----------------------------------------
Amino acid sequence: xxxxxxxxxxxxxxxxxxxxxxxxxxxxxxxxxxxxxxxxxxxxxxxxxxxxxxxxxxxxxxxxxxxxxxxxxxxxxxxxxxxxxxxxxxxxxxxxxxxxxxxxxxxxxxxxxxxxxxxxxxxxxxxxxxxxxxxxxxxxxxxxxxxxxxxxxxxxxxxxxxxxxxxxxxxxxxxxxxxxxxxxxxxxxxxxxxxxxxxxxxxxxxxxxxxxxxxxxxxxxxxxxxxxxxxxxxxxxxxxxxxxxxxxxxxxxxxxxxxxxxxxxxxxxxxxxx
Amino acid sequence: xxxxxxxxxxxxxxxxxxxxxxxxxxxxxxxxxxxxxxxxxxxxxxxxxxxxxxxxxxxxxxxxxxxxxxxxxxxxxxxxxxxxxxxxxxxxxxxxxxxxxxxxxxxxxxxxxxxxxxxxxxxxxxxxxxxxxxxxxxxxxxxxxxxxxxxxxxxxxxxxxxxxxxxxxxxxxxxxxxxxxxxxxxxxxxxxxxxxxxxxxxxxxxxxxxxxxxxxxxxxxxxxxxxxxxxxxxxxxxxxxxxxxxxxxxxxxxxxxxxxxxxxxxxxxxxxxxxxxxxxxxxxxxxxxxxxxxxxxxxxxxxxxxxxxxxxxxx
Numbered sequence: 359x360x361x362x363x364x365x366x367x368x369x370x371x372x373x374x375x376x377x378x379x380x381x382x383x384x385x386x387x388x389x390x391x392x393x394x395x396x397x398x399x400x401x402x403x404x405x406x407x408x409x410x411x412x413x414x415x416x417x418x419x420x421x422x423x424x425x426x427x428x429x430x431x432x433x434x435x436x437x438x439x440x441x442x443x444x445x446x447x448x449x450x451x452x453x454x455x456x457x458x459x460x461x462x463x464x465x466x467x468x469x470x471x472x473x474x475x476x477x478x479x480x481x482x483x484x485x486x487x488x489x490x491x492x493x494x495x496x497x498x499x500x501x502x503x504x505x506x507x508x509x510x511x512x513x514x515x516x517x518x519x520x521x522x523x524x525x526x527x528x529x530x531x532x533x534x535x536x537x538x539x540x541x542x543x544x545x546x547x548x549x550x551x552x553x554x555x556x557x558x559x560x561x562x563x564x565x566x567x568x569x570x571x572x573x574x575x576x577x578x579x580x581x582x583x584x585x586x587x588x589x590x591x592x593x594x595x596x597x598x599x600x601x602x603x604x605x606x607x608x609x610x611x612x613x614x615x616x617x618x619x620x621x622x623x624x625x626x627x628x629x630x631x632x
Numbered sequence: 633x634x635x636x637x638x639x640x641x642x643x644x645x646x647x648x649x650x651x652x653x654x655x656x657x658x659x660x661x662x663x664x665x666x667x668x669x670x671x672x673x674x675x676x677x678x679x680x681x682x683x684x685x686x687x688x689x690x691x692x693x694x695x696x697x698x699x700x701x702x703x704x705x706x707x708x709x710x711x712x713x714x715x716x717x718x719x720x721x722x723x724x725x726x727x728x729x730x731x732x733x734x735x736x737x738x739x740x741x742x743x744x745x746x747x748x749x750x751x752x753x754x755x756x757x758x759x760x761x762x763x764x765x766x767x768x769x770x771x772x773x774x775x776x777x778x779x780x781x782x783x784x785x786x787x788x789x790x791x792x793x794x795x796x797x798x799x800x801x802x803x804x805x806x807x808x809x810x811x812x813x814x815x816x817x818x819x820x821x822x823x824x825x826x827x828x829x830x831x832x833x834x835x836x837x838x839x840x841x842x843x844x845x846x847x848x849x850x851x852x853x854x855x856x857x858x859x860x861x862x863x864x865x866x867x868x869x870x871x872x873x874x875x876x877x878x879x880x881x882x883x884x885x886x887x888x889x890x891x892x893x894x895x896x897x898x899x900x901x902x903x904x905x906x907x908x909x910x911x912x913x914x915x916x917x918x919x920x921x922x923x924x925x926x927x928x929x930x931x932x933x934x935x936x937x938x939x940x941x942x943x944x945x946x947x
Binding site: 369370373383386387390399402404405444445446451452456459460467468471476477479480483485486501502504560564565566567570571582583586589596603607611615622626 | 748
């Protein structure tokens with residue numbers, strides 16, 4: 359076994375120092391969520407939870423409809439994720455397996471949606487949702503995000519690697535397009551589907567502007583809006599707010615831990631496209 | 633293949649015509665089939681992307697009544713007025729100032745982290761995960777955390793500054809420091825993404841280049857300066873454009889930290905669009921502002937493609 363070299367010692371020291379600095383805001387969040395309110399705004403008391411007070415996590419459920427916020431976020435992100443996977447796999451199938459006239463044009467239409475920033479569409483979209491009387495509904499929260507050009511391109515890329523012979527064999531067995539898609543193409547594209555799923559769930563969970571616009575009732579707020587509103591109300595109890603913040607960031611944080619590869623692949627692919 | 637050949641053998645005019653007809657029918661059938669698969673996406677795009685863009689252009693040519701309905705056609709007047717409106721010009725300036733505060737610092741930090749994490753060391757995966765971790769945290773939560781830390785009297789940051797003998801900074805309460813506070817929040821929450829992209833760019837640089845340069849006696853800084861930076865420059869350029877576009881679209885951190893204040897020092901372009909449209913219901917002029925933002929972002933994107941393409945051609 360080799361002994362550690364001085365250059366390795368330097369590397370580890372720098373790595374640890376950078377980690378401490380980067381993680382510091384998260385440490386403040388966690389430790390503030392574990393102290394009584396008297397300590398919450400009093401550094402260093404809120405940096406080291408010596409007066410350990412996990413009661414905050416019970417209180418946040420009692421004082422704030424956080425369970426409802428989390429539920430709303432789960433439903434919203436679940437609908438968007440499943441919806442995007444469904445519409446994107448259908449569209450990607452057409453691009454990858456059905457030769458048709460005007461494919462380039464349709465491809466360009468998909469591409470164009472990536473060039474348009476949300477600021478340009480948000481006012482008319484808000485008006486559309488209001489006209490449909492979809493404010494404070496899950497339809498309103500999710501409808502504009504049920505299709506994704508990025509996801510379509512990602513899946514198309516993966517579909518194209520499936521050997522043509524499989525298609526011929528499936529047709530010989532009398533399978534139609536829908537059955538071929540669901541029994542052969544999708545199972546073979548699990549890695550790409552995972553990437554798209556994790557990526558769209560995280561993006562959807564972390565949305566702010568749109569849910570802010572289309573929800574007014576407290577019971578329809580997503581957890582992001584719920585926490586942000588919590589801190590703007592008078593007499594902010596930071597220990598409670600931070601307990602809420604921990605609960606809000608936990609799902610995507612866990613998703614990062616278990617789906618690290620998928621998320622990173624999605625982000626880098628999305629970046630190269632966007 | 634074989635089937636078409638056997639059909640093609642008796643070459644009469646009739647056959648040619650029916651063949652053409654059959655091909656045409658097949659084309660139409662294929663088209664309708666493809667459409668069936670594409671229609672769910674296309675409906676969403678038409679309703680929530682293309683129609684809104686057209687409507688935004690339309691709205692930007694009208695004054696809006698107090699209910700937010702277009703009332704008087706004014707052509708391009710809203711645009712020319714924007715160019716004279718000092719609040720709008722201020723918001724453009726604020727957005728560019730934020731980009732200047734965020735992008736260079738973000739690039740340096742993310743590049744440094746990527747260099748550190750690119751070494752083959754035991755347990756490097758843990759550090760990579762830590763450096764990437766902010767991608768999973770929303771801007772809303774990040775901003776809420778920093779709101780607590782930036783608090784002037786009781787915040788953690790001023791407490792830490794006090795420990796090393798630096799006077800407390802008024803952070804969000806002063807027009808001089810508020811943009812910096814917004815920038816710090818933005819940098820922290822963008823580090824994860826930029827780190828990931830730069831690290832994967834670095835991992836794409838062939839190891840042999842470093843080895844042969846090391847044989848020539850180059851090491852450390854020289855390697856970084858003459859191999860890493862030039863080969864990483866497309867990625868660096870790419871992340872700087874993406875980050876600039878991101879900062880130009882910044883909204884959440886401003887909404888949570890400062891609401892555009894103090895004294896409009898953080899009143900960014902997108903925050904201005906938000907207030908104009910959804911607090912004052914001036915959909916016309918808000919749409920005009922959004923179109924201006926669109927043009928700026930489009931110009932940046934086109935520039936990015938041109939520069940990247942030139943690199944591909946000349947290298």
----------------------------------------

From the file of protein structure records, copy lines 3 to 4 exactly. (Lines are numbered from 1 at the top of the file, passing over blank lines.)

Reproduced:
Numbered sequence: 359x360x361x362x363x364x365x366x367x368x369x370x371x372x373x374x375x376x377x378x379x380x381x382x383x384x385x386x387x388x389x390x391x392x393x394x395x396x397x398x399x400x401x402x403x404x405x406x407x408x409x410x411x412x413x414x415x416x417x418x419x420x421x422x423x424x425x426x427x428x429x430x431x432x433x434x435x436x437x438x439x440x441x442x443x444x445x446x447x448x449x450x451x452x453x454x455x456x457x458x459x460x461x462x463x464x465x466x467x468x469x470x471x472x473x474x475x476x477x478x479x480x481x482x483x484x485x486x487x488x489x490x491x492x493x494x495x496x497x498x499x500x501x502x503x504x505x506x507x508x509x510x511x512x513x514x515x516x517x518x519x520x521x522x523x524x525x526x527x528x529x530x531x532x533x534x535x536x537x538x539x540x541x542x543x544x545x546x547x548x549x550x551x552x553x554x555x556x557x558x559x560x561x562x563x564x565x566x567x568x569x570x571x572x573x574x575x576x577x578x579x580x581x582x583x584x585x586x587x588x589x590x591x592x593x594x595x596x597x598x599x600x601x602x603x604x605x606x607x608x609x610x611x612x613x614x615x616x617x618x619x620x621x622x623x624x625x626x627x628x629x630x631x632x
Numbered sequence: 633x634x635x636x637x638x639x640x641x642x643x644x645x646x647x648x649x650x651x652x653x654x655x656x657x658x659x660x661x662x663x664x665x666x667x668x669x670x671x672x673x674x675x676x677x678x679x680x681x682x683x684x685x686x687x688x689x690x691x692x693x694x695x696x697x698x699x700x701x702x703x704x705x706x707x708x709x710x711x712x713x714x715x716x717x718x719x720x721x722x723x724x725x726x727x728x729x730x731x732x733x734x735x736x737x738x739x740x741x742x743x744x745x746x747x748x749x750x751x752x753x754x755x756x757x758x759x760x761x762x763x764x765x766x767x768x769x770x771x772x773x774x775x776x777x778x779x780x781x782x783x784x785x786x787x788x789x790x791x792x793x794x795x796x797x798x799x800x801x802x803x804x805x806x807x808x809x810x811x812x813x814x815x816x817x818x819x820x821x822x823x824x825x826x827x828x829x830x831x832x833x834x835x836x837x838x839x840x841x842x843x844x845x846x847x848x849x850x851x852x853x854x855x856x857x858x859x860x861x862x863x864x865x866x867x868x869x870x871x872x873x874x875x876x877x878x879x880x881x882x883x884x885x886x887x888x889x890x891x892x893x894x895x896x897x898x899x900x901x902x903x904x905x906x907x908x909x910x911x912x913x914x915x916x917x918x919x920x921x922x923x924x925x926x927x928x929x930x931x932x933x934x935x936x937x938x939x940x941x942x943x944x945x946x947x